Hamlet Pharma Ltd. is making great progress and has just concluded the first part of a clinical trial in patients with bladder cancer. Drug development often takes many years, due to complex development and approval processes. Based on our extensive prior experience, the drug candidate, Alpha1H, has passed a number of important milestones in a relatively short time and with moderate cost.
Why clinical trials matter?
The strategic goal of Hamlet Pharma is to develop novel cancer treatments for patients who currently lack therapeutic options. Conducting clinical trials is crucial to reach primary goals such as evaluating the therapeutic window for HAMLET in bladder cancer. We also aim to gain new insights that facilitate the drug development for Alpha1H and the diversification of our activities to include other indications.
Outcome of the Phase I/II trial in patients with bladder cancer.
Hamlet Pharma is currently developing a family of drug candidates based on HAMLET. Multiple in vitro models, animal cancer models and three investigator-driven clinical trials, have shown the strong and broad anti-tumour activity of HAMLET (>40 different types of cancer cells). Remarkably, HAMLET also shows high tumour specificity and does not harm healthy cells or induce tissue toxicity. HAMLET´s tumour killing abilities have since the discovery been confirmed by several international research groups working on different aspects of HAMLET, and the research results have been published in prestigious scientific journals, including The New England Journal of Medicine, GUT, Nature Reviews Gastroenterology and PNAS. In addition, Hamlet Pharma is very active in communication towards stakeholders and the general public
HAMLET and its second-generation version Alpha1H will offer a highly promising alternative to the current standard of care in cancer medicine, including surgery, radio- and chemotherapy, which place a significant burden on the individual patient and on society as a whole. For example, there is a high unmet clinical need for novel therapies as current NMIBC treatment approaches have limitations (Table 1.1). Current standard of care in NMIBC includes Transurethral resection of the bladder tumour (TURBT), a surgery by which tumour cells are cut away from the bladder lining. TURBT is followed by intravesicular injections, drug delivery via catheter into the bladder, of chemotherapeutics (with Mitomycin C or Epirubicin) or with Bacillus Calmette Guérin (BCG) for maintenance and recurrence prevention (5). Even if TURBT completely removes the tumour, tumour recurrence rates are high (50%). As a consequence, typically several TURBTs are performed. Multiple TURBT therapies may result in scarring of the bladder, leading to side-effects as frequent urination or even incontinence. Mitomycin C and BCG are generally given also post-surgery to reduce the risk of recurrence. BCG treatment results in a recurrence free interval of at least 2 years in ~70% of the patients. However, BCG and MMC cause significant side-effects, due to local toxicity and inflammation. Especially BCG treatment is associated with local and systemic side-effects that cause patient discomfort (6). In addition, these drugs are approved for treatment of severe bladder cancer and not specifically for NMIBC. Mitomycin-C, for example, is often used ‘off label’ in NMIBC. In addition, NMIBC can become unresponsive to intravesical chemotherapy.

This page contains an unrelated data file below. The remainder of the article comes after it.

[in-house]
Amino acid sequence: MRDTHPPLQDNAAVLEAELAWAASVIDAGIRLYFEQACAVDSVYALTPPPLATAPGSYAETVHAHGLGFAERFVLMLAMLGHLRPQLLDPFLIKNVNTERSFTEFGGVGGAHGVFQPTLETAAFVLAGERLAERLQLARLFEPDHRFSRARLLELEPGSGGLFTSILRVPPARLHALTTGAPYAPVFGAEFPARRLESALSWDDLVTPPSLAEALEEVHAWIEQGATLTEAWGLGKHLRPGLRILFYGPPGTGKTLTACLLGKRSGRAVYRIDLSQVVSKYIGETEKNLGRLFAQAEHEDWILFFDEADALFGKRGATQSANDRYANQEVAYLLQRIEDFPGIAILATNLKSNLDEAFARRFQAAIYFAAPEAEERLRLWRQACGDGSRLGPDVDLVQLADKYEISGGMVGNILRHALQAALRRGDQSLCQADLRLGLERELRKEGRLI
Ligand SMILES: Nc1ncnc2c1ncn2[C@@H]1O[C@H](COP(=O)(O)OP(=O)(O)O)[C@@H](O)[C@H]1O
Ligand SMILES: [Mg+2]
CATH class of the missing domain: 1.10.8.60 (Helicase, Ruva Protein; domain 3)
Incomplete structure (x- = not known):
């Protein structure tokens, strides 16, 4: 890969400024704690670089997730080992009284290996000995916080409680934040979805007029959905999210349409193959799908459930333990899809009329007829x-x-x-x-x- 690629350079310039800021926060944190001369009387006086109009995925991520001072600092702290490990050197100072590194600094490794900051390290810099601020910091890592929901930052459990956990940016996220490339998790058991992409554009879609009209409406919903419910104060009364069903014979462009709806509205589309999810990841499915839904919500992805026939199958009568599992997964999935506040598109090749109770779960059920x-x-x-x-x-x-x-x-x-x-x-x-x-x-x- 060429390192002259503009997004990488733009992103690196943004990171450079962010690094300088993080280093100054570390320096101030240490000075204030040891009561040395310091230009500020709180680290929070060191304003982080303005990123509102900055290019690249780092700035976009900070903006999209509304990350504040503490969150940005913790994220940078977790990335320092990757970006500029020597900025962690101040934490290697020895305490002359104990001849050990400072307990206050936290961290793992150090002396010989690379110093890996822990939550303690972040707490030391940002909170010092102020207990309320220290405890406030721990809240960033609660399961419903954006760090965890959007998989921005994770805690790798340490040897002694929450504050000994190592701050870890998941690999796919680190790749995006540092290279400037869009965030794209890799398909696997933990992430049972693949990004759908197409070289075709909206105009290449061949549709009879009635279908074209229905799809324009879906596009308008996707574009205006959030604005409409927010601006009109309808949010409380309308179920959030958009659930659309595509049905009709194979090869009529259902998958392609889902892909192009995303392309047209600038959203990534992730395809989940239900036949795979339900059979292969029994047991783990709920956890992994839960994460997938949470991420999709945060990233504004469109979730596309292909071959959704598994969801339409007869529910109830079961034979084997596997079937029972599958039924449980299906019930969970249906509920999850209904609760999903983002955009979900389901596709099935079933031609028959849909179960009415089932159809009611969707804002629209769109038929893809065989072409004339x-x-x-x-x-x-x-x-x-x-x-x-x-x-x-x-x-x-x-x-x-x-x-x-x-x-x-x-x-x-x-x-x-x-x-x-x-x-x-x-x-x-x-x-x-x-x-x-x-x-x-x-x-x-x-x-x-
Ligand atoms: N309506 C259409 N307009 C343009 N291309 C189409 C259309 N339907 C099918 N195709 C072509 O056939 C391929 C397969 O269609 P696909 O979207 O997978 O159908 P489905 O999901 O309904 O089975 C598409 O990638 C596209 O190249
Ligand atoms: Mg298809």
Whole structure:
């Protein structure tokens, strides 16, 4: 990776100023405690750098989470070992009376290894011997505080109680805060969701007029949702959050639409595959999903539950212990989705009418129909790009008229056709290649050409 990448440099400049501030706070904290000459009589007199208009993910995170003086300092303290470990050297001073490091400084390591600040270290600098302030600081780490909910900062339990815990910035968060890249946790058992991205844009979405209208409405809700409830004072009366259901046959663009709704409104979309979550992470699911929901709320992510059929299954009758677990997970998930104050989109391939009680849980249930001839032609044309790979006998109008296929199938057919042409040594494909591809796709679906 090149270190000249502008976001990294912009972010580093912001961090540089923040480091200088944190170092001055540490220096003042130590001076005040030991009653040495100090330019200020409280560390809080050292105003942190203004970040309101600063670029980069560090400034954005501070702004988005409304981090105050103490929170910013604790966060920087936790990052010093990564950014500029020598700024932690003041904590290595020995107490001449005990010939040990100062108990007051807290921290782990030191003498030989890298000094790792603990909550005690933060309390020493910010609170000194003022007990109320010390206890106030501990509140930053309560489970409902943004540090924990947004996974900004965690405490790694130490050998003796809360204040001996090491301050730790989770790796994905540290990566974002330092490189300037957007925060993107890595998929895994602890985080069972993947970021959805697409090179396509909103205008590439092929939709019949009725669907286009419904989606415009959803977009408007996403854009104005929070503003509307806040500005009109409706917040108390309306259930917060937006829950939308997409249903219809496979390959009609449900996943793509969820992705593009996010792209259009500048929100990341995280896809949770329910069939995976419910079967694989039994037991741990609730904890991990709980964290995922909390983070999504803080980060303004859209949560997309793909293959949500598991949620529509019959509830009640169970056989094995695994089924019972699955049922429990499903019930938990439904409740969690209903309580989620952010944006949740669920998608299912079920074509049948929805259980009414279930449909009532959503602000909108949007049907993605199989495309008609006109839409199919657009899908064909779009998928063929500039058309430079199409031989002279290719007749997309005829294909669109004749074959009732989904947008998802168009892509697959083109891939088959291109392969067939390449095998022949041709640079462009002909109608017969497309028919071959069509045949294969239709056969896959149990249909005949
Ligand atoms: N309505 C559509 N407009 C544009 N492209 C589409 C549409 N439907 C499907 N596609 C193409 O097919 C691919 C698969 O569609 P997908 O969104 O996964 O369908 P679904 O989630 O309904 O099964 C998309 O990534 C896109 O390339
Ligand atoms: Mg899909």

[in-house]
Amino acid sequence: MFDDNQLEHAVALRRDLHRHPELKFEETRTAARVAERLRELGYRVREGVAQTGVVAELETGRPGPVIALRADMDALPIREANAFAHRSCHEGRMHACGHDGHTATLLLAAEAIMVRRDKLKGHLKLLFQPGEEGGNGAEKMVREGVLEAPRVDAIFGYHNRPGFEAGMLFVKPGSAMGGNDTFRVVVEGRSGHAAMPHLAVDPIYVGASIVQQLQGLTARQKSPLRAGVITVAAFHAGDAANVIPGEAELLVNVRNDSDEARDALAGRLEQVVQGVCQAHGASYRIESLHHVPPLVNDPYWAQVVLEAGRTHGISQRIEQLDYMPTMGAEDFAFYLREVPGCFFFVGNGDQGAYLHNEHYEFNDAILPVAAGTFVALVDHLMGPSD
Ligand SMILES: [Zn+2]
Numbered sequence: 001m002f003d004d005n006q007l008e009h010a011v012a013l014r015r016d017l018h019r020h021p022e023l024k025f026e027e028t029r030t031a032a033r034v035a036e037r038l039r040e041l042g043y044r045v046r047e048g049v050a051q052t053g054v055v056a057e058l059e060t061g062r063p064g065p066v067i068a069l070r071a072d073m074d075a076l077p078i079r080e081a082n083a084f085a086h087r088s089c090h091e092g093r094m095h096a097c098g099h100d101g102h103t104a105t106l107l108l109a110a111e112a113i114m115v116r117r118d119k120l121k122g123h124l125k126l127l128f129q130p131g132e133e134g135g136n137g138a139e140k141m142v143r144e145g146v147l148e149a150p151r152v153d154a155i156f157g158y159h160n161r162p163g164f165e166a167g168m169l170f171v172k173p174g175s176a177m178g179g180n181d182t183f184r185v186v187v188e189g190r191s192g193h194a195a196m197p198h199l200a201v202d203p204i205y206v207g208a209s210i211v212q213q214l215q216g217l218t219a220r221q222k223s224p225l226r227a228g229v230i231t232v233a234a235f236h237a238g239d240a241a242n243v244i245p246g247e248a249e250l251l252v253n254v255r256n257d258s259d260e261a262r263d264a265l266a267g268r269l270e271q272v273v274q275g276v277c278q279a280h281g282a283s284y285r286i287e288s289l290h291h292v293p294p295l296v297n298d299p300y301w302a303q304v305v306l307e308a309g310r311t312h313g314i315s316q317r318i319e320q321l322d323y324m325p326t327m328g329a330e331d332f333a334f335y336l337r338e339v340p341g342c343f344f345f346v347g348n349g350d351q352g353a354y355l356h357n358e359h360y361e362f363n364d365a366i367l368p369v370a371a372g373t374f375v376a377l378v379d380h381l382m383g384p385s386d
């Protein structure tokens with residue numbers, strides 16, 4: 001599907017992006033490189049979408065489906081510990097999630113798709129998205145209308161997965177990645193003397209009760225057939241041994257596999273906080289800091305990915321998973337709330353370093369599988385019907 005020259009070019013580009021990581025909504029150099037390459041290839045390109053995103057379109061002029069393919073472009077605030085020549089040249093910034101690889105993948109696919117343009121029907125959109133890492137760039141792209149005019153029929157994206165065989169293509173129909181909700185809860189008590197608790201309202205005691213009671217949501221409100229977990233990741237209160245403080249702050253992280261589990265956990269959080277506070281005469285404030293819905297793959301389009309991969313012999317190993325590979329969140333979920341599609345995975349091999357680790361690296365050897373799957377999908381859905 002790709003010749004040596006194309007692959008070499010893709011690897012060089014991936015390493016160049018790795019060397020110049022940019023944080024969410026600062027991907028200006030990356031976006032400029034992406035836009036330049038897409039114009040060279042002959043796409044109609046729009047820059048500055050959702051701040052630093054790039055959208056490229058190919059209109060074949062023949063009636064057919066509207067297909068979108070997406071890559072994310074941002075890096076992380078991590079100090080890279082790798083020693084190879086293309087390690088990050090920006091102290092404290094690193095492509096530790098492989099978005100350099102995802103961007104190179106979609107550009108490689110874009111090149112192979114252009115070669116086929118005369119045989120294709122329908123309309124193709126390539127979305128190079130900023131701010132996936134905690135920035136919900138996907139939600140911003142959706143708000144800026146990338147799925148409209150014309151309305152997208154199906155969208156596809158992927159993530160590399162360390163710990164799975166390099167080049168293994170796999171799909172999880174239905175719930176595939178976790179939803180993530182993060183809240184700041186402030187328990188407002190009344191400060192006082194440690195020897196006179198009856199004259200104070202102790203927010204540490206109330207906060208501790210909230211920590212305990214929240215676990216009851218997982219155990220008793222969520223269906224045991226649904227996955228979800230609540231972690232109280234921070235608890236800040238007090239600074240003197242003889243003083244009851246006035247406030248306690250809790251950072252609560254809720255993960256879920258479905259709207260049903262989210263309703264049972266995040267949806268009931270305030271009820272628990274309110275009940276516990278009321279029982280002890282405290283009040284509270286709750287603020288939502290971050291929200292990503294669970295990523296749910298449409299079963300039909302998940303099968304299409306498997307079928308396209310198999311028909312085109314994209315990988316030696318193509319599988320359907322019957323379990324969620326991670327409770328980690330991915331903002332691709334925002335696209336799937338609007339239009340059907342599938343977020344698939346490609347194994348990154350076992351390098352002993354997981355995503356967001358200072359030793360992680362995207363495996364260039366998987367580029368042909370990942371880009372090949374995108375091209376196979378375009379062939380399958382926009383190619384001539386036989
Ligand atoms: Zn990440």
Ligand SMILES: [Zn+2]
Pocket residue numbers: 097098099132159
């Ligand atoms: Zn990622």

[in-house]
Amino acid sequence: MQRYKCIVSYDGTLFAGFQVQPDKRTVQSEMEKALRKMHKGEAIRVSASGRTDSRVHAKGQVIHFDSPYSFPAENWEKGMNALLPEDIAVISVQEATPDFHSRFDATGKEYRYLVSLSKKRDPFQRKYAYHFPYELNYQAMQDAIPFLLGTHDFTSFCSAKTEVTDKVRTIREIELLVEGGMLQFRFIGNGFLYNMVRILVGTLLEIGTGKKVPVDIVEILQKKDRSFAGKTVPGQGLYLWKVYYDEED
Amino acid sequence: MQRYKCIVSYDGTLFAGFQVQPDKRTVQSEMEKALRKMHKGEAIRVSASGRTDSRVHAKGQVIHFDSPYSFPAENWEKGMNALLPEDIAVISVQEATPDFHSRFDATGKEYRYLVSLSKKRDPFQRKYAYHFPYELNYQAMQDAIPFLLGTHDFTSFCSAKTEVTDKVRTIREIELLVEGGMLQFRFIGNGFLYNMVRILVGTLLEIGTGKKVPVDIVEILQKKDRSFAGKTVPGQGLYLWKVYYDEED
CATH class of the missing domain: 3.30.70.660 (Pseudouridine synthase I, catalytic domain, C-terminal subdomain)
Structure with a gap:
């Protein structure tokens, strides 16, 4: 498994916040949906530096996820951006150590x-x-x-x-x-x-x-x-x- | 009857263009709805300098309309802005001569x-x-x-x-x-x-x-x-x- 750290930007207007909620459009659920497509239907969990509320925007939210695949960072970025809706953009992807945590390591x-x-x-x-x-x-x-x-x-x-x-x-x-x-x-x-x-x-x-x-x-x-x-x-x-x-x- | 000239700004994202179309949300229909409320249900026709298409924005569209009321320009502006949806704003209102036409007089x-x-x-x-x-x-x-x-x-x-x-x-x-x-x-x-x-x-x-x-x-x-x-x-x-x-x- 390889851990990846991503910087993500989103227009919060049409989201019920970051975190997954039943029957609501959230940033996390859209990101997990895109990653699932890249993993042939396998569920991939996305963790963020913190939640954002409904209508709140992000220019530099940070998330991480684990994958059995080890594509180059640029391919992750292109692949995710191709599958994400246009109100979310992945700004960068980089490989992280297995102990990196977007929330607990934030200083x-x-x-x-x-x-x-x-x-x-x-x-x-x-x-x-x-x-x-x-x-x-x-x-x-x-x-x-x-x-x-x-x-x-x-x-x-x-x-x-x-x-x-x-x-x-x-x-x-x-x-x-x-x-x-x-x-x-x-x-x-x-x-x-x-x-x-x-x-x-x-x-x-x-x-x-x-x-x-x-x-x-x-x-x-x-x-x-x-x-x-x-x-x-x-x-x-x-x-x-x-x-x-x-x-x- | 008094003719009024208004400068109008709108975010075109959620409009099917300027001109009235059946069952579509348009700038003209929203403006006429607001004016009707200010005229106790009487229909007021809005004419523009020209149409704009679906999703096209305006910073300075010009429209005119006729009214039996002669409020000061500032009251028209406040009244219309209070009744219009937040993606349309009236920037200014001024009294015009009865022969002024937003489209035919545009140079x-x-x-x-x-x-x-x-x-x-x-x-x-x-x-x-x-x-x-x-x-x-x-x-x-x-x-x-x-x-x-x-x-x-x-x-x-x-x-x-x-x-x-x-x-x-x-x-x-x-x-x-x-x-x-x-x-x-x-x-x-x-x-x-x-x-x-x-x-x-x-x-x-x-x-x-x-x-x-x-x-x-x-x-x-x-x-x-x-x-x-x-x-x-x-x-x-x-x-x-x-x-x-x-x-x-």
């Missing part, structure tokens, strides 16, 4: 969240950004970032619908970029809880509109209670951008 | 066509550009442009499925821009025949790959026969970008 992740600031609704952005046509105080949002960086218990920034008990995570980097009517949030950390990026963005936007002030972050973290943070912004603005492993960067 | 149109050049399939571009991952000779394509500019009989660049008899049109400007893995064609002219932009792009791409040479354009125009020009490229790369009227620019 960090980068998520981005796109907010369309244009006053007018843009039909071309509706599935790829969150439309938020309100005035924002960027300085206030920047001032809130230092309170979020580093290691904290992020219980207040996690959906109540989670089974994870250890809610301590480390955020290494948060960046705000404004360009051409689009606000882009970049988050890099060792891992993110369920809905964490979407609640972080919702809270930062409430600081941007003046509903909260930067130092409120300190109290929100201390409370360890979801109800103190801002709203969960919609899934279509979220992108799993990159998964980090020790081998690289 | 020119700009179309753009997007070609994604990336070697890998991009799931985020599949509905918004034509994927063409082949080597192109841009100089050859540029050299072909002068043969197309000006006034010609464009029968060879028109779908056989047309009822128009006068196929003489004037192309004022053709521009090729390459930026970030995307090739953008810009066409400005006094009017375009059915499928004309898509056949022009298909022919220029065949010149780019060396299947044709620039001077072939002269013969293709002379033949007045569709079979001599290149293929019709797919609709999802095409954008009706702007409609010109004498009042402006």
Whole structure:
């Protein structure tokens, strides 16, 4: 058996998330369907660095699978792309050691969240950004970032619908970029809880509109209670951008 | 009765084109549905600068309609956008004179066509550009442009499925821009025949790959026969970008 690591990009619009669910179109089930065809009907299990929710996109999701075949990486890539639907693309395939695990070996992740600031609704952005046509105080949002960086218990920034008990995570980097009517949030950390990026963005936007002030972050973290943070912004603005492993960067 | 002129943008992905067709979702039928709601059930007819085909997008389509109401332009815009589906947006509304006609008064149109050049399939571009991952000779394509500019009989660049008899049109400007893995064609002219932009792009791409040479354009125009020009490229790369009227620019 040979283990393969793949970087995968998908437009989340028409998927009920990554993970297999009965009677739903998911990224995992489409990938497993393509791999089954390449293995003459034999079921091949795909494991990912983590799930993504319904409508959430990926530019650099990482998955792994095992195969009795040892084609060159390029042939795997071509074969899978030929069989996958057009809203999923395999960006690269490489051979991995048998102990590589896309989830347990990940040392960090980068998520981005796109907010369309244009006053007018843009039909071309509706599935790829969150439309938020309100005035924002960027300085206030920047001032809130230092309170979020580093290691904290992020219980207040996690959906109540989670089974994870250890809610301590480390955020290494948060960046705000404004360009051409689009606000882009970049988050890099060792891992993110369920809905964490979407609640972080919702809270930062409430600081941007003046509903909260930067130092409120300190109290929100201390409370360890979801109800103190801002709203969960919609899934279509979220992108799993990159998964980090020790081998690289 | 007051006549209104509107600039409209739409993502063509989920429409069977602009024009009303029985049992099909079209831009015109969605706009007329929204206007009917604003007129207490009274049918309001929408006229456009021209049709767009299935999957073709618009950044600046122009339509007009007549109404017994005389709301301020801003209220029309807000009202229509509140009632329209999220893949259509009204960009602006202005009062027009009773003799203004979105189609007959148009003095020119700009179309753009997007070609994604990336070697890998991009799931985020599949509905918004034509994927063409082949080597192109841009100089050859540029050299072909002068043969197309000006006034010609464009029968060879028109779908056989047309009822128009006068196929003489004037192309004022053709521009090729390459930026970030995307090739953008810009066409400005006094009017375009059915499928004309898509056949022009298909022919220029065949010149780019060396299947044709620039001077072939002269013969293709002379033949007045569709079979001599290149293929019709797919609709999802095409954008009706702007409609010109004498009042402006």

Innovation compared to state-of-the-art
Alpha1H goes far beyond the current state-of-the-art (Table 1.1). The discovery of HAMLET derived from human breast milk identified a new type of cancer-killing molecule, which has not previously been described. It is highly specific for tumour tissues and targets the tumour directly via its unique mode of action by attacking conserved cancer cell membrane constituents and multiple intracellular targets, and triggering cell death. It has a direct selective apoptotic effect in tumour areas resulting in tumour size reduction, while not affecting adjacent healthy bladder tissue (unlike BCG treatment), as demonstrated in multiple animal studies with murine cancer models and the first outcomes of the Phase I/II trial (ongoing), performed by Hamlet Pharma. Moreover, unlike most available therapies, Alpha1H can be used as both prophylactic and therapeutic agent in early stages of cancer. Based on these unique benefits, Alpha1H will add an entirely new dimension to the treatment of cancer.
A. Tumor cells detach from the tumor tissue and are released into the urine of patients treated with Alpha1H. B. Pieces of tumor are loosened and released into the urine of patients treated with Alpha1H. Patients receiving placebo do not show such a response. Nat. Comm. June 2021
A. The tumor is fragmented and pieces of the tumor are released from the bladder wall and excreted in the urine. B. Large amounts of dying cells are excreted in the patient’s urine after treatment with Alpha1H (right image). Before treatment (left picture) there are few cells in the urine. Tumor cells undergo apoptosis; a non-toxic form of cell death (green cells).